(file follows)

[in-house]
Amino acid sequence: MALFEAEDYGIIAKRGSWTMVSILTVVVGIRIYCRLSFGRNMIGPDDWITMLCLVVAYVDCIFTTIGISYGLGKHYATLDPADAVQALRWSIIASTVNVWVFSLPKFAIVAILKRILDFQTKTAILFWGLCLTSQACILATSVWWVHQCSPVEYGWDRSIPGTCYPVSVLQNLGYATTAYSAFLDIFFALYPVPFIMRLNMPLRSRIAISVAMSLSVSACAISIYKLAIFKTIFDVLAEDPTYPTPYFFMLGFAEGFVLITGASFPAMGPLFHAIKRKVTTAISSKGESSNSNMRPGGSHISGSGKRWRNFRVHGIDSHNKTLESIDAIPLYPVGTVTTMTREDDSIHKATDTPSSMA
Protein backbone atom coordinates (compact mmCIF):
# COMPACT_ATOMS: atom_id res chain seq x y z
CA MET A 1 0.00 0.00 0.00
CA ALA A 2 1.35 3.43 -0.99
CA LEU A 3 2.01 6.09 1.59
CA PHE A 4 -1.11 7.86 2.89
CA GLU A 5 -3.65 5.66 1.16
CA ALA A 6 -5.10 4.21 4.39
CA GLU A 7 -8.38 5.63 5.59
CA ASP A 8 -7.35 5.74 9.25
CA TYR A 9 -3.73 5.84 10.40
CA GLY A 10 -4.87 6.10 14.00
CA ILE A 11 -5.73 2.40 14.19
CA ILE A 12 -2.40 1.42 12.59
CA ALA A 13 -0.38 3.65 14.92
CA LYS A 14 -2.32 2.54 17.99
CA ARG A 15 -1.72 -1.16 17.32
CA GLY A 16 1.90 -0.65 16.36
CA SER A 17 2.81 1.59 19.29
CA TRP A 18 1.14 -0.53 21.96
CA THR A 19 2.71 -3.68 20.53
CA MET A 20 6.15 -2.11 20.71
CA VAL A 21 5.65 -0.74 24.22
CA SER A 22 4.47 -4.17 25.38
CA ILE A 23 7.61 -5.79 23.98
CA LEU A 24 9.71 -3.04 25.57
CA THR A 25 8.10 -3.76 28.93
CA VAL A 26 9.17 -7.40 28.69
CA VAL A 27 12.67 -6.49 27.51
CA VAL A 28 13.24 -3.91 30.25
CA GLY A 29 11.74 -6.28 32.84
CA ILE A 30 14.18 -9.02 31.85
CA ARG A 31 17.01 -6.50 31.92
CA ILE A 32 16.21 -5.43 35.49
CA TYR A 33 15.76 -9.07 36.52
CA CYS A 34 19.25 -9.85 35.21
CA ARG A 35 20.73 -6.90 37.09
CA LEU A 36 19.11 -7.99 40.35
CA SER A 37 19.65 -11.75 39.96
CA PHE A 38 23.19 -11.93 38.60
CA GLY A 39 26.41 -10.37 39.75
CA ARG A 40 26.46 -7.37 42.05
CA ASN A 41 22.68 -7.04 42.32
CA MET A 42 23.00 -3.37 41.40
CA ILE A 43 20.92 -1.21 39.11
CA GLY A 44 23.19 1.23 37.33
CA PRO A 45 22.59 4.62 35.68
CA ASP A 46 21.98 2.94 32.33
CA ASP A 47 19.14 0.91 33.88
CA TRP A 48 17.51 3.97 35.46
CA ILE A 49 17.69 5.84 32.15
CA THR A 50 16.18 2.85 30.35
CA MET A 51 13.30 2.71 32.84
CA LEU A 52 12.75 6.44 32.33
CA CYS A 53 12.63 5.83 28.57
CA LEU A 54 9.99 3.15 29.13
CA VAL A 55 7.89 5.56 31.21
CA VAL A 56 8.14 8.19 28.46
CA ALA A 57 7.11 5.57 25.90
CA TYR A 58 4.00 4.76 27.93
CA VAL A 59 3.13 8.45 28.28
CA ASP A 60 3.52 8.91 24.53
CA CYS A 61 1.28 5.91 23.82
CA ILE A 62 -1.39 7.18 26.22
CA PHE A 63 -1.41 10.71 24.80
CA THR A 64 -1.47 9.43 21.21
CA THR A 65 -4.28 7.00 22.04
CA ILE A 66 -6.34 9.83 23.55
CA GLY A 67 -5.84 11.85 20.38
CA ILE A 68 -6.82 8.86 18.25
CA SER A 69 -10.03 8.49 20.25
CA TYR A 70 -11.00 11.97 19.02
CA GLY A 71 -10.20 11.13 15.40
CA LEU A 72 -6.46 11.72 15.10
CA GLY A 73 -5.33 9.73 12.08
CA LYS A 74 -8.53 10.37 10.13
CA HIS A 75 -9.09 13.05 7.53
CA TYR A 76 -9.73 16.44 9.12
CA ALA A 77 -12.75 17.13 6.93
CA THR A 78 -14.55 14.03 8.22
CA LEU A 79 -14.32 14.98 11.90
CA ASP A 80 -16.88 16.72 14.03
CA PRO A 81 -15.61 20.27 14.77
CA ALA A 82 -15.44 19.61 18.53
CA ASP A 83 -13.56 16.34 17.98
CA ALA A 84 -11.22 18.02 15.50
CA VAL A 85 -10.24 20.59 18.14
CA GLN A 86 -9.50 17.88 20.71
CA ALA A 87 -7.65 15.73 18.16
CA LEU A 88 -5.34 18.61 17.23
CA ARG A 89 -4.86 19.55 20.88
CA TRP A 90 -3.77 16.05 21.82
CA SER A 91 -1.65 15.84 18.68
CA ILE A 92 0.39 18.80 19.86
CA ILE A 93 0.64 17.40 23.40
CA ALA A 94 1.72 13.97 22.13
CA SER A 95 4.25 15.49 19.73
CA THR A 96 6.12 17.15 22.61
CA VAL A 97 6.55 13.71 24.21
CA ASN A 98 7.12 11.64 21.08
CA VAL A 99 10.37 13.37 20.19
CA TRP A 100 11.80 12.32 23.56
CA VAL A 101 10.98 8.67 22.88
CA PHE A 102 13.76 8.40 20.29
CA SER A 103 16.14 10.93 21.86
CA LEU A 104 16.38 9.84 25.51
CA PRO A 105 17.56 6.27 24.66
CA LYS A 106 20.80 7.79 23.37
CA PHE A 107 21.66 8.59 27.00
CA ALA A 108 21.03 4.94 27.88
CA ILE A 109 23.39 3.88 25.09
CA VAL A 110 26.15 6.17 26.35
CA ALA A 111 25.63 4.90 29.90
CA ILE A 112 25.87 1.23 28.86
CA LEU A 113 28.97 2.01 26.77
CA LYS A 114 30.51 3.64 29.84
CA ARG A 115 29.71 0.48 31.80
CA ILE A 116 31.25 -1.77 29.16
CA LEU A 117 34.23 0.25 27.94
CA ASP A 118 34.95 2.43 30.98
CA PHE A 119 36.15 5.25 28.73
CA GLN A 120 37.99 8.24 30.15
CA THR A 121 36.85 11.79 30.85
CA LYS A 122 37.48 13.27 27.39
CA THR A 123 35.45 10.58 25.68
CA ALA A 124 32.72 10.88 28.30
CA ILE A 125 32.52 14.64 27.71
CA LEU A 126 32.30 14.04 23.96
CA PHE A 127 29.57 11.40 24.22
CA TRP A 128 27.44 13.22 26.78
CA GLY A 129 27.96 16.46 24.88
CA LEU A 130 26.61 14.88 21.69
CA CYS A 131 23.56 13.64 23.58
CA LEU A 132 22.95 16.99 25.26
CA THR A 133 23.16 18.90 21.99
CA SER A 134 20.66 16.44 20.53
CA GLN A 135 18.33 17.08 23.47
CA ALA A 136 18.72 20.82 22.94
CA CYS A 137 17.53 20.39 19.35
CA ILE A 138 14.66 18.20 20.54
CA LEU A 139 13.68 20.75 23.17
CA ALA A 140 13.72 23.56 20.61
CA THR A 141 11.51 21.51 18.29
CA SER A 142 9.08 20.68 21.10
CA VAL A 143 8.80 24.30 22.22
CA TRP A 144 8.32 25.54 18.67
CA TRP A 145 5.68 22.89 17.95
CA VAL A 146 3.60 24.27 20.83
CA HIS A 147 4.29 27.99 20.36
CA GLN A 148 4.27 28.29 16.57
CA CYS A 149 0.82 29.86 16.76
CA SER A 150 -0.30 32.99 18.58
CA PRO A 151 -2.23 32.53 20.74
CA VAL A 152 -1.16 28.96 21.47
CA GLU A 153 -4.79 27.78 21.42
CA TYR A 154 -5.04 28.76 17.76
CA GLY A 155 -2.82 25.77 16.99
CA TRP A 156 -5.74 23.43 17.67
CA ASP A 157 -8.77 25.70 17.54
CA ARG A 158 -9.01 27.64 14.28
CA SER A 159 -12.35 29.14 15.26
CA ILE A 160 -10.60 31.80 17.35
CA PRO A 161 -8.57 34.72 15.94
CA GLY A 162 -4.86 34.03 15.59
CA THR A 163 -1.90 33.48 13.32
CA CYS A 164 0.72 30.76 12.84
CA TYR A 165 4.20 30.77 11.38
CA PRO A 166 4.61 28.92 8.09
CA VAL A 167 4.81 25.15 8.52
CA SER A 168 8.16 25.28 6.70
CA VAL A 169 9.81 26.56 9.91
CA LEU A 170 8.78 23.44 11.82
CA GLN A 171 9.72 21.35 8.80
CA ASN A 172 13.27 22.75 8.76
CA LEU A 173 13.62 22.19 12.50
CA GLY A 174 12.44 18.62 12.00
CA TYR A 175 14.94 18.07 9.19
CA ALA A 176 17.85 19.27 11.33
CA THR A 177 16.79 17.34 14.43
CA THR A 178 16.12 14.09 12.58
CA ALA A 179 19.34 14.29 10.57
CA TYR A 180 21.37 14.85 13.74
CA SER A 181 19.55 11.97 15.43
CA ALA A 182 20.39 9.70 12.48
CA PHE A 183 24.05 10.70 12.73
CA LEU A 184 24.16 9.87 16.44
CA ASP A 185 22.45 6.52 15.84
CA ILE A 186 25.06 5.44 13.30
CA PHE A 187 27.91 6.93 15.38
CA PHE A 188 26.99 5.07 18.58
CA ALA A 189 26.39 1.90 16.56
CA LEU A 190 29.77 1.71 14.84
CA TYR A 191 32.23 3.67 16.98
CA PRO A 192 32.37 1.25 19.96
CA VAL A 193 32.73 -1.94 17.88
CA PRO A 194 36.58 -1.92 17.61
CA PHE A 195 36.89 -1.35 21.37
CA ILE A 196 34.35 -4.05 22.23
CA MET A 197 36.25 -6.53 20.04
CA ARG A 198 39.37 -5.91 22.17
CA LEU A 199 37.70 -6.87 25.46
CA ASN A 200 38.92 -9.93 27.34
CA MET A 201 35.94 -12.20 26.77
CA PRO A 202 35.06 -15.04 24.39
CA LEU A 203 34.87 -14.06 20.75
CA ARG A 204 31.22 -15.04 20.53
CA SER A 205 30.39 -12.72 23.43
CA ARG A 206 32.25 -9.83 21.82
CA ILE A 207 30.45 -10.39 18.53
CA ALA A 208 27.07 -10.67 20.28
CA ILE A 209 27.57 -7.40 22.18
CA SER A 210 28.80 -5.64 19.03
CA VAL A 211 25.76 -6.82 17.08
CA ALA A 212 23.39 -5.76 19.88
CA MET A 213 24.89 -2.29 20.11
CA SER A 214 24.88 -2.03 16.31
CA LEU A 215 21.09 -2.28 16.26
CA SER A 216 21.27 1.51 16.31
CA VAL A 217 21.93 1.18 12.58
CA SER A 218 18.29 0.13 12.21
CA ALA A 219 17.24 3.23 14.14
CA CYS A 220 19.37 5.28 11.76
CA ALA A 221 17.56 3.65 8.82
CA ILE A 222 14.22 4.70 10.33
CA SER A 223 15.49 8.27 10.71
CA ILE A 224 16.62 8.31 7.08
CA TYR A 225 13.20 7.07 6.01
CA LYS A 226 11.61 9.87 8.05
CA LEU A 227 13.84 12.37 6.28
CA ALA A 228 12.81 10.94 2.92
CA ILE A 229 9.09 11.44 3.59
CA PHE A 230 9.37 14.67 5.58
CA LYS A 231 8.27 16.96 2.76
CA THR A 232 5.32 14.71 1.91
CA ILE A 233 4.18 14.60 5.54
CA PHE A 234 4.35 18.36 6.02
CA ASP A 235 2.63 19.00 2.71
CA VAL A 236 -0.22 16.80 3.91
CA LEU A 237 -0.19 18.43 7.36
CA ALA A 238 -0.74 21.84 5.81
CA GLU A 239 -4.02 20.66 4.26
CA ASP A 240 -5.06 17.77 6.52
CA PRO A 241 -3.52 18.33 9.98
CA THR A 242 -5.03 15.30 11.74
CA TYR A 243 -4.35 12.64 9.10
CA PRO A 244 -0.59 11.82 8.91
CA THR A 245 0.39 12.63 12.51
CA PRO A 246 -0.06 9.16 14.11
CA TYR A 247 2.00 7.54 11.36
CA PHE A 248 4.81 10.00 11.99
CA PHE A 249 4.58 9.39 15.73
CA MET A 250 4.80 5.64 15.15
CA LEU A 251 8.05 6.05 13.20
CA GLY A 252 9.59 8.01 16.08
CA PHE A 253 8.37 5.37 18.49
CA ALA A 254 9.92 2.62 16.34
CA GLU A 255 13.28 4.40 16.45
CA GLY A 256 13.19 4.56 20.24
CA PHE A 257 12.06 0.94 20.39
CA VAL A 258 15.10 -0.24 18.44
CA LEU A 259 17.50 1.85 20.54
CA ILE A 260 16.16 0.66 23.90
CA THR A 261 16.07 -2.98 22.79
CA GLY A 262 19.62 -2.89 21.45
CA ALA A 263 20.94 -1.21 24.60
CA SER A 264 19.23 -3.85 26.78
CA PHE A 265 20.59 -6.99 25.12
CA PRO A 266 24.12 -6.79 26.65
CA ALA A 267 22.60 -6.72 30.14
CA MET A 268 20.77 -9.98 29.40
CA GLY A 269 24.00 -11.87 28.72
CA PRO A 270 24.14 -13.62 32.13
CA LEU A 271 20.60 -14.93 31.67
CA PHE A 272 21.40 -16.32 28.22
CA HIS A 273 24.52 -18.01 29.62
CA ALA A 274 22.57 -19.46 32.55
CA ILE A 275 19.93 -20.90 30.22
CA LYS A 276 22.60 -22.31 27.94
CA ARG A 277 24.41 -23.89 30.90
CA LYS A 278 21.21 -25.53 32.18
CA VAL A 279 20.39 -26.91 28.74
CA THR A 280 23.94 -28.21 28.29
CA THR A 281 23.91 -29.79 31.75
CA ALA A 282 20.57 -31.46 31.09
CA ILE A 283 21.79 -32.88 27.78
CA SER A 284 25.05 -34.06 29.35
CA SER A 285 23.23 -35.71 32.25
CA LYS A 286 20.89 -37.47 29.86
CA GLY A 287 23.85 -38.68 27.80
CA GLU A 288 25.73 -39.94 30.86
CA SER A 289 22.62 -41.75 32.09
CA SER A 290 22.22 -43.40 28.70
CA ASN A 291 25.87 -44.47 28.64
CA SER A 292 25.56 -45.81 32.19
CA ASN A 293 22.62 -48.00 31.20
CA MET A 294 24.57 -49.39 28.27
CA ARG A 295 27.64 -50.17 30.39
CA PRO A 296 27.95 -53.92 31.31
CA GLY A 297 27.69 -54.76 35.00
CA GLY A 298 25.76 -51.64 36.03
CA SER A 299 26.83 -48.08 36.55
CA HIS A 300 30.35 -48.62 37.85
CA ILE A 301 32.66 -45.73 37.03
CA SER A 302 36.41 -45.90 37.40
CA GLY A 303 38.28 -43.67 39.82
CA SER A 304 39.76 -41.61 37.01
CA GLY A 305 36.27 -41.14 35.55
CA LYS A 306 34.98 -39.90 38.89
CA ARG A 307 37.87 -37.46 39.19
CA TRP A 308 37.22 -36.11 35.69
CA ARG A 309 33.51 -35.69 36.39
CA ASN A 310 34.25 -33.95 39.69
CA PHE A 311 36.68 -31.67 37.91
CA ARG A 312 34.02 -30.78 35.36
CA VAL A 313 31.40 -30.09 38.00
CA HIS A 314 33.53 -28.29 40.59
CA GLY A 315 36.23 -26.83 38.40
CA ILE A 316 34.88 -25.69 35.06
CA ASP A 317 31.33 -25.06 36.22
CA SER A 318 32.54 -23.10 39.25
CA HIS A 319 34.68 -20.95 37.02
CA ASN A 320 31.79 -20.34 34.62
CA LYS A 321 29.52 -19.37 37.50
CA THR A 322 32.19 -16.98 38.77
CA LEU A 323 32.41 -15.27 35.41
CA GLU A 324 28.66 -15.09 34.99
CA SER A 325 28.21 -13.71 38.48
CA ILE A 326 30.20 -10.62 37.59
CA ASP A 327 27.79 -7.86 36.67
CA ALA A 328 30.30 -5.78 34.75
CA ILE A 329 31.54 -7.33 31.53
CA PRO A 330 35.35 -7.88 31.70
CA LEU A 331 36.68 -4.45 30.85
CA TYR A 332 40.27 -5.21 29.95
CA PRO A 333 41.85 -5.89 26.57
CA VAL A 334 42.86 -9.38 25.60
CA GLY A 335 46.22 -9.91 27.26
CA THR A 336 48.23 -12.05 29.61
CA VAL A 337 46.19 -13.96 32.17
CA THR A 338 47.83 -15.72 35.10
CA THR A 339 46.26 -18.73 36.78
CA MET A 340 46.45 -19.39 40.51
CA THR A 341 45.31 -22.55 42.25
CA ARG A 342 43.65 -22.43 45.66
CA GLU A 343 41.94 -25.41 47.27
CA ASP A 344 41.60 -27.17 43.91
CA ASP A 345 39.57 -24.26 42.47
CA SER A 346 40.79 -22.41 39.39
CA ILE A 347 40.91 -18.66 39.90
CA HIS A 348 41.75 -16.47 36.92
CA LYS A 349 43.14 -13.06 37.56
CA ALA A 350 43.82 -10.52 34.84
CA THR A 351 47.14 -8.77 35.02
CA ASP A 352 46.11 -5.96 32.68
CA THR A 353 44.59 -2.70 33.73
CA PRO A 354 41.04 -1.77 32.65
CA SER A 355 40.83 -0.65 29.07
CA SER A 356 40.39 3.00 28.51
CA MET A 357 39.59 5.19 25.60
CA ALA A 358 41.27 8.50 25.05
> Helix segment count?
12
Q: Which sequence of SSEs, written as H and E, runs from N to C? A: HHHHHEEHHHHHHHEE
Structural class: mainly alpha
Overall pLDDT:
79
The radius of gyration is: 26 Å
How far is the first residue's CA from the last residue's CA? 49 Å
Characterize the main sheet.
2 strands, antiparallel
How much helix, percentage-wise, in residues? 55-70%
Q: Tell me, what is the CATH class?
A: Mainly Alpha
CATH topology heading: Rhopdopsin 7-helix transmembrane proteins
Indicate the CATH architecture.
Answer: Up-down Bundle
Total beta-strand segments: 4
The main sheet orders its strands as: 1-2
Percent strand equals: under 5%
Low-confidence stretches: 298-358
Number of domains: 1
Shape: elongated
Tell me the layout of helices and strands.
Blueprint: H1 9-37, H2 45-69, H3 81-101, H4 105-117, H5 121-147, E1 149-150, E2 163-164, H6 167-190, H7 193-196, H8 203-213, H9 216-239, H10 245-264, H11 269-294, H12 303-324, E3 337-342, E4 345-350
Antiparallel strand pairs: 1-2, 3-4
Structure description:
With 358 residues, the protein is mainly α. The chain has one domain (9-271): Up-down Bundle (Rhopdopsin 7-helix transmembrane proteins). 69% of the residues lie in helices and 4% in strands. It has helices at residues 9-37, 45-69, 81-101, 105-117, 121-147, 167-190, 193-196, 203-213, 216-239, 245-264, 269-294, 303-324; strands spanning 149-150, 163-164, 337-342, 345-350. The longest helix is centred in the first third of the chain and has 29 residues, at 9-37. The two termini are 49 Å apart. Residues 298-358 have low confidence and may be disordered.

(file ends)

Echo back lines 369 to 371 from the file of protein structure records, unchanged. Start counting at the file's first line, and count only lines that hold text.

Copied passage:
The radius of gyration is: 26 Å
How far is the first residue's CA from the last residue's CA? 49 Å
Characterize the main sheet.